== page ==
An outer screw thread 26 extends from the distal end 14 toward the proximal end 12 along the outer surface 20 and may extend partially (FIGS. 1-3) or entirely (FIG. 7) from the distal end 14 to the proximal end 12. The outer screw thread 26 is preferably of the self-reaming and self-tapping variety. This allows the fortified cannulated screw 10 to be directly placed over a guide wire or guide pin without separate reaming and tapping operations. However, outer screw thread 26 may also be of any of the well-known screw thread types as is well understood in the art. Where the outer screw thread 26 is not of the self-reaming or self-tapping variety, a borehole would first be created in the bone using conventional reaming or tapping techniques. Thereafter the fortified cannulated screw 10 is threaded into place in the borehole. It is most preferable but not essential that the outer screw thread 26 be of a type that allows for reverse cutting in order to allow the fortified cannulated screw 10 to be removed and also to prevent micro fracturing of the bone around the outer screw thread 26 as is well understood in the art.

The lumen 16 extends from the distal end 14 to the proximal end 12 and has a diameter capable of receiving a guide wire or guide pin into the lumen 16 from the distal end 14 toward the proximal end 12. For example, a typical guide wire has a diameter of about 2.0 mm and a typical guide pin has a diameter of about 3.2 mm. Consequently the diameter of the lumen 16 should be slightly larger than the diameter of the guide wire or guide pin with which the fortified cannulated screw 10 is to be used.

The lumen 16 also includes a lumen thread 28 that extends along at least a portion of the length of the lumen 16 around the inner surface of the lumen 16. In a preferred embodiment of the fortified cannulated screw 10, the lumen thread 28 extends entirely from the proximal end 12 to the distal end 14. However other embodiments of the fortified cannulated screw 10 may have a lumen thread 28 extending only a partial distance from the proximal end 12 towards the distal end 14. Further, the lumen thread 28 may be displaced from the ultimate proximal end 12 toward the distal end 14. The lumen thread 28 accommodates and mates with a fortifying screw 30 having a fortifying screw thread 32. As a result, the lumen thread 28 and the fortifying screw thread 32 must match and allow the fortifying screw 30 to be screwed into the lumen 16 through the interaction of the fortifying screw thread 32 and the lumen thread 28.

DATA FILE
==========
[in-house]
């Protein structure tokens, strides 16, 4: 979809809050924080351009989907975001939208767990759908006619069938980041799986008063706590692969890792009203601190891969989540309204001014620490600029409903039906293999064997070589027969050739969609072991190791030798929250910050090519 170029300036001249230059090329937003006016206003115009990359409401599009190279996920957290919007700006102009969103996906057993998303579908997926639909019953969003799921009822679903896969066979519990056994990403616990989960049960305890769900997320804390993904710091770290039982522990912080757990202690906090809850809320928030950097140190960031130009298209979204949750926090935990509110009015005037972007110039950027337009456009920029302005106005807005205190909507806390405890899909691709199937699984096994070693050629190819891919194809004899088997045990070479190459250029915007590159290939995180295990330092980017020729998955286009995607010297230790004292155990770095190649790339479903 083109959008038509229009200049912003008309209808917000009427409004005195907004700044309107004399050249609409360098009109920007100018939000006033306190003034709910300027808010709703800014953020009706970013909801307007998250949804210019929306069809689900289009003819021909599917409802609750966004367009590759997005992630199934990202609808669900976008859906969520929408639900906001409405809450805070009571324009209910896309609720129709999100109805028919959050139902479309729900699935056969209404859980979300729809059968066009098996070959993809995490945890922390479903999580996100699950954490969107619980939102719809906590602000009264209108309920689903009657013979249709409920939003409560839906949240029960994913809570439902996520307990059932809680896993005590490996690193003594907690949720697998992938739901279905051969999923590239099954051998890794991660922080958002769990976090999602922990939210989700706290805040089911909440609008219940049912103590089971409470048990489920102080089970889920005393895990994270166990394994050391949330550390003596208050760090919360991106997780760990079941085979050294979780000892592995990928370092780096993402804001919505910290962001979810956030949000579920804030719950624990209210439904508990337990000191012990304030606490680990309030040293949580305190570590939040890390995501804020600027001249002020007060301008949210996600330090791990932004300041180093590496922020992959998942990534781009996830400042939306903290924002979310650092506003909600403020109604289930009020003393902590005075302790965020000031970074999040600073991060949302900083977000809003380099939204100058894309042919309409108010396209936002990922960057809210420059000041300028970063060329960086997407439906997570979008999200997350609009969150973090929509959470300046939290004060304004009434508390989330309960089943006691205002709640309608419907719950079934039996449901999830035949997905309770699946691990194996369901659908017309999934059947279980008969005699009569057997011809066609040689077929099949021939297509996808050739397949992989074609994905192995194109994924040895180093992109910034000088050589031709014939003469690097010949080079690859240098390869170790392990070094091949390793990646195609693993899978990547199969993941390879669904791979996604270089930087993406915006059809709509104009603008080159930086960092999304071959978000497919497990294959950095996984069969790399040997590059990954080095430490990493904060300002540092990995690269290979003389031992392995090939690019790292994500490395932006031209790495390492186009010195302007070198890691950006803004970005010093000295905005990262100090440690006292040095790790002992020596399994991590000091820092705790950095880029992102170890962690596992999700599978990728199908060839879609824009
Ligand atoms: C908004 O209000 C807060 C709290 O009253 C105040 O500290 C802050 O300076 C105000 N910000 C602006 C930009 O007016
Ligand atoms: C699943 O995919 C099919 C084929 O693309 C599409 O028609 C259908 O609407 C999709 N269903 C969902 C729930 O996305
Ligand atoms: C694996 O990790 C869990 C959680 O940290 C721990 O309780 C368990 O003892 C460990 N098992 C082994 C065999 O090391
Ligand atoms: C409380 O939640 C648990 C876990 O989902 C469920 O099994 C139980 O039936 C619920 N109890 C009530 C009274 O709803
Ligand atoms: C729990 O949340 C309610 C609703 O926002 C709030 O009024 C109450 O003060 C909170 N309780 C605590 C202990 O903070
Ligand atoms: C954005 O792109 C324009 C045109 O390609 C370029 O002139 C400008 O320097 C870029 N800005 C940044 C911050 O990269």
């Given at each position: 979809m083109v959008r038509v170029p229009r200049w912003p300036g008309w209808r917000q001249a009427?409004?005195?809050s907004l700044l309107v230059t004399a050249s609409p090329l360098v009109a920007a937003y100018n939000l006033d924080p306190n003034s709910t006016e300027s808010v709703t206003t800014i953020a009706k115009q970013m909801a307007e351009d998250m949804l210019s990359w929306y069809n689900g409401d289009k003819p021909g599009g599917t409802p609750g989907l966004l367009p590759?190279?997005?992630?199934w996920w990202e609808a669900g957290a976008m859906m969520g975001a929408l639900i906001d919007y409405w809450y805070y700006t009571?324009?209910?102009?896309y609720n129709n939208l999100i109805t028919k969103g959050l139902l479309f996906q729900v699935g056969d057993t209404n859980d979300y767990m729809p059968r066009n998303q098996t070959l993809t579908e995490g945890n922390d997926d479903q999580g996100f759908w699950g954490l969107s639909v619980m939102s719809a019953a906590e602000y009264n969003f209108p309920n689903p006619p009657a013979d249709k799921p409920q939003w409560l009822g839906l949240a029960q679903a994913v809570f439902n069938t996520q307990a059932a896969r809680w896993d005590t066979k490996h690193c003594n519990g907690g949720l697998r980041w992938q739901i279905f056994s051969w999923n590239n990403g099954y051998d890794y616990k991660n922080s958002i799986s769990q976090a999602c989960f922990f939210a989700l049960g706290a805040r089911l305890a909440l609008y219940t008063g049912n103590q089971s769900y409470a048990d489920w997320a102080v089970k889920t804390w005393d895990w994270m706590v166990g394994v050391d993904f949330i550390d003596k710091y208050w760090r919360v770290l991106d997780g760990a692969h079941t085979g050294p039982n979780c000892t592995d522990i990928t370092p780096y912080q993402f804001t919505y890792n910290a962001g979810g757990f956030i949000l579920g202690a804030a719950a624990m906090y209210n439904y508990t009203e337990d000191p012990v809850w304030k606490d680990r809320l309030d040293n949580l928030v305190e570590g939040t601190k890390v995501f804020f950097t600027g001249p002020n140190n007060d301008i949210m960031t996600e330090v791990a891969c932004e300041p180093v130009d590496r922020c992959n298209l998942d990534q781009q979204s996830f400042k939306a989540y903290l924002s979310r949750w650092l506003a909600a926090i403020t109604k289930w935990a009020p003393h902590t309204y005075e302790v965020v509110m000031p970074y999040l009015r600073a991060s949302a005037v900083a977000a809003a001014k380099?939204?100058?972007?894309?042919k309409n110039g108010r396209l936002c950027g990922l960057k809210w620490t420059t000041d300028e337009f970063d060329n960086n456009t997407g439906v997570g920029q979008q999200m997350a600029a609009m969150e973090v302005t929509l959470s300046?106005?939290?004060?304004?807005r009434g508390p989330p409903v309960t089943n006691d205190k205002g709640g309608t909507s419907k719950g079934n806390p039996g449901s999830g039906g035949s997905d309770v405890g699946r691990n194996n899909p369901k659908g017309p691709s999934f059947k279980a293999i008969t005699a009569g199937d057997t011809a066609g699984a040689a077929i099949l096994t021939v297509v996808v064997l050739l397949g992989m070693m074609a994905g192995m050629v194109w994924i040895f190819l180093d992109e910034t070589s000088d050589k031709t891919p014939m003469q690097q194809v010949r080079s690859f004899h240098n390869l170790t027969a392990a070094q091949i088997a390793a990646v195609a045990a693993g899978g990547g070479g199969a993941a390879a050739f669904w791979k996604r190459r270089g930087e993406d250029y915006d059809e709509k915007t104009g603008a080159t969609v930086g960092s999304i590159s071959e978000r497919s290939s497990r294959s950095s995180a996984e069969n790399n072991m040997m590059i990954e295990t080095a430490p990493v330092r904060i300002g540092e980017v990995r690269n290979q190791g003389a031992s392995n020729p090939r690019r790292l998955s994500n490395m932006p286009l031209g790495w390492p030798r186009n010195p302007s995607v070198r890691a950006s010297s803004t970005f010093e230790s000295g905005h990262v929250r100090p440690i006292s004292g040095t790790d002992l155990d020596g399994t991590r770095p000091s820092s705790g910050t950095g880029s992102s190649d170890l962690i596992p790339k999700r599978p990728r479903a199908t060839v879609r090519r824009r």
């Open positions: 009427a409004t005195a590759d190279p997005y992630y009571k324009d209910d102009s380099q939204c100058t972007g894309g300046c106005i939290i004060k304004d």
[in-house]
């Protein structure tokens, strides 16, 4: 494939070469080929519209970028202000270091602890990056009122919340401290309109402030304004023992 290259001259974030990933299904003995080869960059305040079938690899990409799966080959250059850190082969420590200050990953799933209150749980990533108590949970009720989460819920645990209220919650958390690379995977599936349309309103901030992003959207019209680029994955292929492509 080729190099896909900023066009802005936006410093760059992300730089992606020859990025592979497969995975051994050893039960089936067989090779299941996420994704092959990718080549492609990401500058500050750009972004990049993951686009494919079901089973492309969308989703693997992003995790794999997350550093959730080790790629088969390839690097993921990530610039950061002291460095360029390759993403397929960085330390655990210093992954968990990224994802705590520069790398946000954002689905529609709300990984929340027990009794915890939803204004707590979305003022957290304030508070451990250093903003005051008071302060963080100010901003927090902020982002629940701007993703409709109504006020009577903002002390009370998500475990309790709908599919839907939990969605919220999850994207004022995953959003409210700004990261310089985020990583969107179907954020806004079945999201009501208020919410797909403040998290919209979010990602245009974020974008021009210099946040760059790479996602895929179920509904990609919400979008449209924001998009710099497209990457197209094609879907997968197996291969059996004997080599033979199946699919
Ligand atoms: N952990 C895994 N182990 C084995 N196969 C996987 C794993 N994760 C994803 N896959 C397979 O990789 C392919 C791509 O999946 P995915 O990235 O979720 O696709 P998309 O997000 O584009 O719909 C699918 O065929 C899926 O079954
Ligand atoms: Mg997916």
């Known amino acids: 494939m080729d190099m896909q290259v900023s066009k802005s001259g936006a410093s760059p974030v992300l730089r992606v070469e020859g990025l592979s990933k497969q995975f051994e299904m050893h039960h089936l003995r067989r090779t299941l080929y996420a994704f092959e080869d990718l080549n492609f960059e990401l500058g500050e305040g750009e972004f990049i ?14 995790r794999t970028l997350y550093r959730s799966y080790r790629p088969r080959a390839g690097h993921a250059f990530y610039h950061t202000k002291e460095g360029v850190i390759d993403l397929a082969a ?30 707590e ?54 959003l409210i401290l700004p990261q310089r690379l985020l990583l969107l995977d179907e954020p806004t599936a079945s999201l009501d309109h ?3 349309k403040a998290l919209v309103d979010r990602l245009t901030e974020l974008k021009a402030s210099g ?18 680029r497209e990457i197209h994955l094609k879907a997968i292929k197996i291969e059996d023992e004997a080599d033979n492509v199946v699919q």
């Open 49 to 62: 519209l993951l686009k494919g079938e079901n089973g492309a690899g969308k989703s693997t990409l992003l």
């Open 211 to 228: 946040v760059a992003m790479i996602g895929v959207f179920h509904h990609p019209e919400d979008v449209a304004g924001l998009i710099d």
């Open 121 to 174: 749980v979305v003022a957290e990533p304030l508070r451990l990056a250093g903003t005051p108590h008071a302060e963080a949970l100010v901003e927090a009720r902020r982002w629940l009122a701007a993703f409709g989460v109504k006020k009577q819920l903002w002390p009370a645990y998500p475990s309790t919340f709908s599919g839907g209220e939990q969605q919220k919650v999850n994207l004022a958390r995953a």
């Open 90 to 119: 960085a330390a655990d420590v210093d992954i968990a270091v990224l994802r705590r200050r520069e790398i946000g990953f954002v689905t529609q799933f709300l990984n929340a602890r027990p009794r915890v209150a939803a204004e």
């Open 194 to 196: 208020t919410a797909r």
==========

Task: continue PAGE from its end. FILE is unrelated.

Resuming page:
In the embodiment of the fortified cannulated screw 10 where a guide wire extends entirely through the lumen 16, the open diameter of the lumen thread 28 should be large enough to allow the guide wire to pass through the lumen thread 28. In the embodiment of the fortified cannulated screw 10 where a guide pin extends into the lumen 16 from the distal end 14, if the guide pin extends into the part of the lumen 16 containing the lumen thread 28, the open diameter of the lumen thread 28 should also be large enough to accommodate the guide pin. Where the guide pin does not extend into the part of the lumen 16 containing the lumen thread 28, the open diameter of the lumen thread 28 need not be large enough to accommodate the guide pin.

The fortifying screw 30 includes a distal end 34 and a proximal end 36. The fortifying screw 30 typically will have a screw head 38 located at the proximal end 36 to allow the fortifying screw 30 to be screwed into the lumen thread 28 as will be described hereafter. The screw head 38 may have a slightly larger diameter than the diameter of the fortifying screw thread 32 or may have the same diameter as the fortifying screw thread 32 and simply be the most proximal end 36 of the fortifying screw 30.

The fortifying screw 30 includes means for interacting with a tool for screwing the fortifying screw 30 into the lumen 16. In a preferred embodiment of the screw 38, the screw head 38 includes this means for interacting with a tool for screwing the fortifying screw 30 into the lumen 16. An example of such means is a fortifying screw head slot 40 formed in the screw head 38. The fortifying screw head slot 40 allows a flat screwdriver blade (not shown) to be mated with the fortifying screw head slot 40 so that as the flat screwdriver blade rotates, the fortifying screw 30 will also rotate. Although a fortifying screw head slot 40 has been described as a way to cause the fortifying screw 30 to rotate, other means of the screw head 38 interacting with a rotatable tool may be used as will be clear to those skilled in the art. Where there is no screw head 38, the means for interacting with a tool for screwing the fortifying screw 30 into the lumen 16 is located in the proximal end 34 of the fortifying screw 30.

The fortified cannulated screw 10 and fortifying screw 30 are preferably made of strong, resilient and durable biocompatible materials such as medical grade stainless steel, nitenol or titanium. Although these materials are metals, non-metallic materials such as ceramic or composite materials may also be used as will be clear to those skilled in the art.